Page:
Real Estate Headlines vs Reality

We’ve addressed this topic before but since we’re in a shifting market and the 24-hour news cycle needs clicks-per-view, it’s worth repeating (especially as some of my favorite pet peeve headlines have cracked the news cycle). Sensational headlines grab user attention – skyrocketing mortgage rates, falling home prices, soaring foreclosure numbers. But for a reality check, let’s take a look at the current clickbait real estate headlines and separate the headlines from the real world.

The Real Estate Headline: Buy before the The FED’s raise rates again! 

One of my biggest career annoyances is inaccurate information about how the Federal Reserve increasing interest rates affects long term mortgages. I’ve written blog post after blog post on this topic but it’s simply because I consistently see, read and hear how otherwise really good real estate agents that have been in the business a long time warning people that “rates are going to go up because the Fed is about to increase rates again.” The reality – at least where 30-year fixed mortgages are concerned – is that is often not quite the case. In fact, it’s often the opposite scenario – the Fed increases the short term rates, and long-term mortgage rates actually decrease

“Just one day after the Federal Reserve raised its benchmark rate, mortgage rates took a sharp turn lower. The average rate on the popular 30-year fixed mortgage fell to 5.22% on Thursday from 5.54% on Wednesday, when the Fed announced its latest rate hike, according to Mortgage News Daily. The rate fell even further Friday to 5.13%.”

So agents and clients alike, please stop promoting that narrative. Yes, short term rates (aka adjustable rate mortgages) are going to go up, but the 30-year fixed mortgages often benefit from combating inflation. There’s a good case that mortgage rates may go down even further, although they’re unlikely to hit the amazing rates we had at the beginning of 2022 anytime soon. 

The Real Estate Headline: Foreclosures Soar!

“The number of foreclosure starts — which is when the first public foreclosure notice happens — is up 219% since the start of the year, according to real estate data analytics firm ATTOM Data Solutions’ midyear 2022 U.S. foreclosure market report. What’s more, the number of properties that had foreclosure filings (this number includes foreclosure starts) is up 153% from the same time period in 2021. The number of foreclosure starts, California topped the list, followed by Florida, Tennessee, Illinois and Ohio.”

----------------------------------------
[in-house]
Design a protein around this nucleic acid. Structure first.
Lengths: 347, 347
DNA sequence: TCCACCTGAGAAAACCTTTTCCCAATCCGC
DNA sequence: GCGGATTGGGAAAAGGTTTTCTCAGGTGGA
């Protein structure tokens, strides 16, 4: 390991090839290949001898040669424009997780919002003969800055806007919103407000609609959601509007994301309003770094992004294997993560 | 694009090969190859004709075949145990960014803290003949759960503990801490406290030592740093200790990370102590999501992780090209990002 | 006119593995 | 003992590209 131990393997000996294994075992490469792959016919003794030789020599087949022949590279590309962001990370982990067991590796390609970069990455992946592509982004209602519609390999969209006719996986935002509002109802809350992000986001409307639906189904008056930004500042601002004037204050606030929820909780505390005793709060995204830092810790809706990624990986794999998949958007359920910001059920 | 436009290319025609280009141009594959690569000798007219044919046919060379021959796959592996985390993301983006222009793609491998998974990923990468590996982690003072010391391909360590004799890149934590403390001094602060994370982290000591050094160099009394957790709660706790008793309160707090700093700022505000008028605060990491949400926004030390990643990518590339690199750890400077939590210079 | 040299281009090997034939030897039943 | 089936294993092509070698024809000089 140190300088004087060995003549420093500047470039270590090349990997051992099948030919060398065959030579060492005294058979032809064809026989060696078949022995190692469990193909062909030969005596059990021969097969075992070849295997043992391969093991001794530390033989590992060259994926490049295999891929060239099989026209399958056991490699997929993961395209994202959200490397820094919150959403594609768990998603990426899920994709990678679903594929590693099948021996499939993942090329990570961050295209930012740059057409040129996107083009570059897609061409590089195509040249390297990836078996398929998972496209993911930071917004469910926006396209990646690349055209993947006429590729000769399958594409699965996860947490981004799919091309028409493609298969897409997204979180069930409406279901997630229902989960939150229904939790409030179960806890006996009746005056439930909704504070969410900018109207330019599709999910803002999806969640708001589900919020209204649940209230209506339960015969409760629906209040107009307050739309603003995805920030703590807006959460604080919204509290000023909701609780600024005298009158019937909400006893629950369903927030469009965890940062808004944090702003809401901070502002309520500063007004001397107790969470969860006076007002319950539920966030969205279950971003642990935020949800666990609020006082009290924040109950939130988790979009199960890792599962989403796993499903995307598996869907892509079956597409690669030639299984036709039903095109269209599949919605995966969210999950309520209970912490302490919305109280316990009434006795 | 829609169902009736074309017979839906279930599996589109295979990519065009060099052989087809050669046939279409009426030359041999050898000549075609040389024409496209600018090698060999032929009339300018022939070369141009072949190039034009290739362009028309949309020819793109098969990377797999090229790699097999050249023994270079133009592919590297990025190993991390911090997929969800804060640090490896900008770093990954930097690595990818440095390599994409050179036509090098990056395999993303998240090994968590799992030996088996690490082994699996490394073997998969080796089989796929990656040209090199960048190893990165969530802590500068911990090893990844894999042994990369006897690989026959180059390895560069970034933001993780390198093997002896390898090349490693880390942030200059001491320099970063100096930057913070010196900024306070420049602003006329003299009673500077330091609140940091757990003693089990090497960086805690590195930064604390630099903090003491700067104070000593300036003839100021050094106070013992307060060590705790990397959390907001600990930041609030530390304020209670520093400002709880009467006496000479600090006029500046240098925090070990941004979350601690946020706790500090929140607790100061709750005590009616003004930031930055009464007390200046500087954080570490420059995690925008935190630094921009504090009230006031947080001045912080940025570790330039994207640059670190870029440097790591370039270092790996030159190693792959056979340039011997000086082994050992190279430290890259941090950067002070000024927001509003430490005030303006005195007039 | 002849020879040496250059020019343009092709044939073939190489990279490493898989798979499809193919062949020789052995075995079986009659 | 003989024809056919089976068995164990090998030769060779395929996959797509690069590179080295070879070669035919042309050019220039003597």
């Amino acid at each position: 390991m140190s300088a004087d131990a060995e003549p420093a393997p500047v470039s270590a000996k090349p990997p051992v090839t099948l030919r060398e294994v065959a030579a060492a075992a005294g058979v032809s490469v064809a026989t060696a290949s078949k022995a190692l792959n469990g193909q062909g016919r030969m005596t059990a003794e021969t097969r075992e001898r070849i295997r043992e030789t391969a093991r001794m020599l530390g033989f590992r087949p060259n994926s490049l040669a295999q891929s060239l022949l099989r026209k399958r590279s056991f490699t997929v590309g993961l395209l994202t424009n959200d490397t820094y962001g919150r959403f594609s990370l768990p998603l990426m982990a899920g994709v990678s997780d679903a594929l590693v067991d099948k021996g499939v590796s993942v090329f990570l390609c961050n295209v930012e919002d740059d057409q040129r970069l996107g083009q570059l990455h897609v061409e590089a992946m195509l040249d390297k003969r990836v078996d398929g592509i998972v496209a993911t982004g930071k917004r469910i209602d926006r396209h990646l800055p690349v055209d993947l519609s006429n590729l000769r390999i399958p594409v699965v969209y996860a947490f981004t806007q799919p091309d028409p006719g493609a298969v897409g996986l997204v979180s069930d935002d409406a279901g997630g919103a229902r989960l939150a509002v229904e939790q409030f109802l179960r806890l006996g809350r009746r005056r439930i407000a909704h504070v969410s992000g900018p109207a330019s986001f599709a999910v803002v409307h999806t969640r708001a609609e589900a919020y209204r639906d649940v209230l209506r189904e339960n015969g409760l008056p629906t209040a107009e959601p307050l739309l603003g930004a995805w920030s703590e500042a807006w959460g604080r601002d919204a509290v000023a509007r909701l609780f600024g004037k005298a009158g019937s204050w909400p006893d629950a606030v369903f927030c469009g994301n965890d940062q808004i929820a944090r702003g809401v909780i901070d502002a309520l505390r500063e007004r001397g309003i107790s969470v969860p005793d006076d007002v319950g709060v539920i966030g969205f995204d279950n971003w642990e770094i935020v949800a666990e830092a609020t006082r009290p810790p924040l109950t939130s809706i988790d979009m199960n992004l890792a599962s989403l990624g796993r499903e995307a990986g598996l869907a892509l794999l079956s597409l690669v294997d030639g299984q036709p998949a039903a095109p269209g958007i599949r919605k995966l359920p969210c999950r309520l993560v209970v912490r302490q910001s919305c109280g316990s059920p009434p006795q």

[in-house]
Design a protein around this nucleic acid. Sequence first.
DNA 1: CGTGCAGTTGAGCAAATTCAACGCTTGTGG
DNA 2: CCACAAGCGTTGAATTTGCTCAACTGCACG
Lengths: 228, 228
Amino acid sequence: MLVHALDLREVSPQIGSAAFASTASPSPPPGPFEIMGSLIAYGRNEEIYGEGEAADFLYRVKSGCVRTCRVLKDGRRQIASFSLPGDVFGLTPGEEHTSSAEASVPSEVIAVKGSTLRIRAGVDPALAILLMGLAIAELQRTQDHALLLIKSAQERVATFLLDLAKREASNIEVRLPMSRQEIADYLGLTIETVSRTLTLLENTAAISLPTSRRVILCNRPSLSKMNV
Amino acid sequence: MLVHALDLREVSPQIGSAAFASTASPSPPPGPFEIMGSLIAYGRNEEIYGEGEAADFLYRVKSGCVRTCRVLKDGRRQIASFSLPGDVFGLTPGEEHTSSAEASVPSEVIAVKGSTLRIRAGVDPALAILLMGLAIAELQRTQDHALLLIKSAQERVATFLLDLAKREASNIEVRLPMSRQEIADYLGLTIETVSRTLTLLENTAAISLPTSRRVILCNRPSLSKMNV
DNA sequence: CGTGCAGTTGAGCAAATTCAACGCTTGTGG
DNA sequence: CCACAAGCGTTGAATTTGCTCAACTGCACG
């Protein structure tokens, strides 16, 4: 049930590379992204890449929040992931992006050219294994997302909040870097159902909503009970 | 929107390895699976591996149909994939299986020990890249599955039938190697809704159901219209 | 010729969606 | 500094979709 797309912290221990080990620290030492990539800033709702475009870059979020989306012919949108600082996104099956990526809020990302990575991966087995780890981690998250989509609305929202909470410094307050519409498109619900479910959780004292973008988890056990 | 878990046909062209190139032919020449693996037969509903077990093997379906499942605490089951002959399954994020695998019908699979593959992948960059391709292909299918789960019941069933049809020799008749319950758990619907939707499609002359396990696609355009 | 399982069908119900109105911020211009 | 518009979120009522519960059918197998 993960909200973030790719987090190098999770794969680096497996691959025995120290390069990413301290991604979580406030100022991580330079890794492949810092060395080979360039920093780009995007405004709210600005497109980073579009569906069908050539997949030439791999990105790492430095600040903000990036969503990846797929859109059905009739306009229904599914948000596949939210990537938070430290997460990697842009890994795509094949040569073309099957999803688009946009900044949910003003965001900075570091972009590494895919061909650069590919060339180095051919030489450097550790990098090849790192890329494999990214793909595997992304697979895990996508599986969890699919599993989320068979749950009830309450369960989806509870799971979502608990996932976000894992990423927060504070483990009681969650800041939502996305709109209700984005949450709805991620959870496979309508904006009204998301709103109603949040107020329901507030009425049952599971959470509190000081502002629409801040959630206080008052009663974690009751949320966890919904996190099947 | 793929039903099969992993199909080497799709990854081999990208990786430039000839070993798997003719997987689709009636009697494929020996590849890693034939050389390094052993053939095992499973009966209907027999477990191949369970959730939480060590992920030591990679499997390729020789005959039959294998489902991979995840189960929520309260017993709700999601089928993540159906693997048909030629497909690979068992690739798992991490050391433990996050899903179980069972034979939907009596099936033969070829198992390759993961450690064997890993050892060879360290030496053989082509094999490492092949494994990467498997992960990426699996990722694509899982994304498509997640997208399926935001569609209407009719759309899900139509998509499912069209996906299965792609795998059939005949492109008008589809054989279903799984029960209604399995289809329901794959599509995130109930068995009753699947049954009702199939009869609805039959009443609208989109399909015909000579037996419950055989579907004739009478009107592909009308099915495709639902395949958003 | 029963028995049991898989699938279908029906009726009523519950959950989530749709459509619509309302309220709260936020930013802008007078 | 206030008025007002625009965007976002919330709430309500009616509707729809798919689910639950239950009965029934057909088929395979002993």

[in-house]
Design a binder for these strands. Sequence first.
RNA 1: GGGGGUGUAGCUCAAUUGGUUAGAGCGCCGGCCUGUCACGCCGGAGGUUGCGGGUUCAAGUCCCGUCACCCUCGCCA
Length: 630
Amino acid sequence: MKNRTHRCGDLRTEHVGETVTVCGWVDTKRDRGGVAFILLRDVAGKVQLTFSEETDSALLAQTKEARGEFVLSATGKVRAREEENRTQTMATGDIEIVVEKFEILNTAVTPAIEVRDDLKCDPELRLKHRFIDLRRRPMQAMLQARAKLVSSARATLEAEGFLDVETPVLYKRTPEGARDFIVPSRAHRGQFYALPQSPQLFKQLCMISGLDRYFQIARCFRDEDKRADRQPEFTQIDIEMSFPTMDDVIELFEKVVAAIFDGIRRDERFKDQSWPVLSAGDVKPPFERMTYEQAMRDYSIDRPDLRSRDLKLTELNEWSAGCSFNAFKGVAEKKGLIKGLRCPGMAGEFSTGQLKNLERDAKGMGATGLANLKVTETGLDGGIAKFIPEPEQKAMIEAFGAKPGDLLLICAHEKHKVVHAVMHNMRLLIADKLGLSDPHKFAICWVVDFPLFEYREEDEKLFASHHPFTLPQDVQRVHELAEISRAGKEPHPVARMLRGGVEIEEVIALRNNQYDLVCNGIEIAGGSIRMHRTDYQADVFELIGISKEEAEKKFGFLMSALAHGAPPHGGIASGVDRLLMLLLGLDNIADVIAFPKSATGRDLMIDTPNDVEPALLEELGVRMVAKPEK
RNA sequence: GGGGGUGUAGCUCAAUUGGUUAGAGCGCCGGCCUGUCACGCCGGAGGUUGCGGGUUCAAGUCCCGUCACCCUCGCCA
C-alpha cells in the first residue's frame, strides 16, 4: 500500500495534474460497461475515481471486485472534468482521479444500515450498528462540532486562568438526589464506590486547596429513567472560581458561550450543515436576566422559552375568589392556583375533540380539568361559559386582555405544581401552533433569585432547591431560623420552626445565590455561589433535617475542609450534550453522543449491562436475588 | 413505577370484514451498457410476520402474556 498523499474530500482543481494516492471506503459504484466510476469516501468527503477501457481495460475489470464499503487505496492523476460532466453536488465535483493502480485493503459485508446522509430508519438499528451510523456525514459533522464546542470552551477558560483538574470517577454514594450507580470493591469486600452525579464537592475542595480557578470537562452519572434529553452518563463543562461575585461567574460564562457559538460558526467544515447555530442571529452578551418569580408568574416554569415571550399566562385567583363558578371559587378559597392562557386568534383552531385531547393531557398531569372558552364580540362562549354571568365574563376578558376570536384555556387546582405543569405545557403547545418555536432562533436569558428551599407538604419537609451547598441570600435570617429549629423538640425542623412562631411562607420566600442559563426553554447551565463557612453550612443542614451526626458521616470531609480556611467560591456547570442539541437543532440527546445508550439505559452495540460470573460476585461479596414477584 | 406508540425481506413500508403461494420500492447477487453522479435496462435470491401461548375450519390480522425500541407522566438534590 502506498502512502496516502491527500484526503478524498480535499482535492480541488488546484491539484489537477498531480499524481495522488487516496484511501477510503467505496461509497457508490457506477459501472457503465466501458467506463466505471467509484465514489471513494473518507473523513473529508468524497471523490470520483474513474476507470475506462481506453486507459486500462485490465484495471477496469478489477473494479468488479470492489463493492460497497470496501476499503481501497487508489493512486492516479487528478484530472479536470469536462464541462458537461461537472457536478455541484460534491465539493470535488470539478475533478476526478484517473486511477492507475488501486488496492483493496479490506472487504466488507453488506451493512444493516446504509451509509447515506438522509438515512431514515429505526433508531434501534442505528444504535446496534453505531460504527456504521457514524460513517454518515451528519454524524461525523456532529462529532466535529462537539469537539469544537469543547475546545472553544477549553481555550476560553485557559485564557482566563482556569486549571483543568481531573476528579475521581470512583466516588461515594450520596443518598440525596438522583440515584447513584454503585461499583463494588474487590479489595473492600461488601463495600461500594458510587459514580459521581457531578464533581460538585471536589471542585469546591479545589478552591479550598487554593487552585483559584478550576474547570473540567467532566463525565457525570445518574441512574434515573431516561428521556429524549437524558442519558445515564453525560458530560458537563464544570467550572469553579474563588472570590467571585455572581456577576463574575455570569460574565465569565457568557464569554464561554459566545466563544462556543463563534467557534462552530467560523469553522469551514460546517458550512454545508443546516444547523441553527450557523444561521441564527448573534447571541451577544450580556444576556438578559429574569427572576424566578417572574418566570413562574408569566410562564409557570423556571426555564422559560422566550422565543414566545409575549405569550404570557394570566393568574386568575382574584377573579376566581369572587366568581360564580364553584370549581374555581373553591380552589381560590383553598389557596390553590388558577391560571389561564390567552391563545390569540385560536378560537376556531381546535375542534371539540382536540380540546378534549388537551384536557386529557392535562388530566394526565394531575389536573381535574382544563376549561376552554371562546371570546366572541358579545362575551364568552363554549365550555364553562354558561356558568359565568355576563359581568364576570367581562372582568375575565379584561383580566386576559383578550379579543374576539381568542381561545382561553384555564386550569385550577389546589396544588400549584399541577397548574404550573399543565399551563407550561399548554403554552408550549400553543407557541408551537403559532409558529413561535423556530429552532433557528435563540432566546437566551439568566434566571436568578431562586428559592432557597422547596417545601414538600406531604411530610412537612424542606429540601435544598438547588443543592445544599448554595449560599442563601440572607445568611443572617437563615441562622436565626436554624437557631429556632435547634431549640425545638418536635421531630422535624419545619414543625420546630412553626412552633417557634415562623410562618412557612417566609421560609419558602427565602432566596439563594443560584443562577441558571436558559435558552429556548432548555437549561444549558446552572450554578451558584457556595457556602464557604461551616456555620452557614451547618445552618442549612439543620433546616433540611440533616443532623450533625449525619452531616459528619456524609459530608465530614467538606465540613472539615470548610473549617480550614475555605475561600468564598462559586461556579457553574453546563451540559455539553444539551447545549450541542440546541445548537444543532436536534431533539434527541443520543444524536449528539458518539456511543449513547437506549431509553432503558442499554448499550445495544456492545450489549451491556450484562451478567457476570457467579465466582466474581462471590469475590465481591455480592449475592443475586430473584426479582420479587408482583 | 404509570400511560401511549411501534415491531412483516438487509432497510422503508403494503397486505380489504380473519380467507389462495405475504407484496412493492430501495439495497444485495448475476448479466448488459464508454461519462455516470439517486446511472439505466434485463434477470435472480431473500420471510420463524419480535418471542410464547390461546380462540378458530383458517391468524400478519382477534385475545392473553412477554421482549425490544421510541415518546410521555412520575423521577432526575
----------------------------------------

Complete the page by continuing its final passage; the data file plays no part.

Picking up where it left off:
Yes, foreclosure levels are up, but they’re still below 2019 levels. In fact, experts say foreclosure activity is actually returning to what’s considered normal after an artificial depression by payment relief programs and foreclosure moratoriums spurred by the pandemic. If we look at this from a historical context, foreclosures can still be considered very low.

The Real Estate Headline: Inventory Soars!

The active listing housing inventory count on the FRED St. Louis Fed site shows an almost 50% increase in active listings from the low of March 2022, with 376,018 active listings up to 619,305 active listings the end of June 2022. It’s a number that’s likely increased even more by today’s date. It’s an impressive click bait headline to be sure, but the reality is that we’re historically very, very low on actual housing to meet long-term demand. As builders pull back and natural disasters continue to plague the country due to climate change, the pressure on housing and housing costs is real.  

The Takeaway

My point is simply this – attention-grabbing headlines are great, but take a minute to peel back the curtain and don’t stop at the headline and think you’re in the know. Discuss what is happening in the market with an agent you trust for their experienced interpretation. The reality often is 180 degrees apart from the sound bite.  

Have a question about real estate you own, thinking of buying, or just watching the market? You know where to find me!

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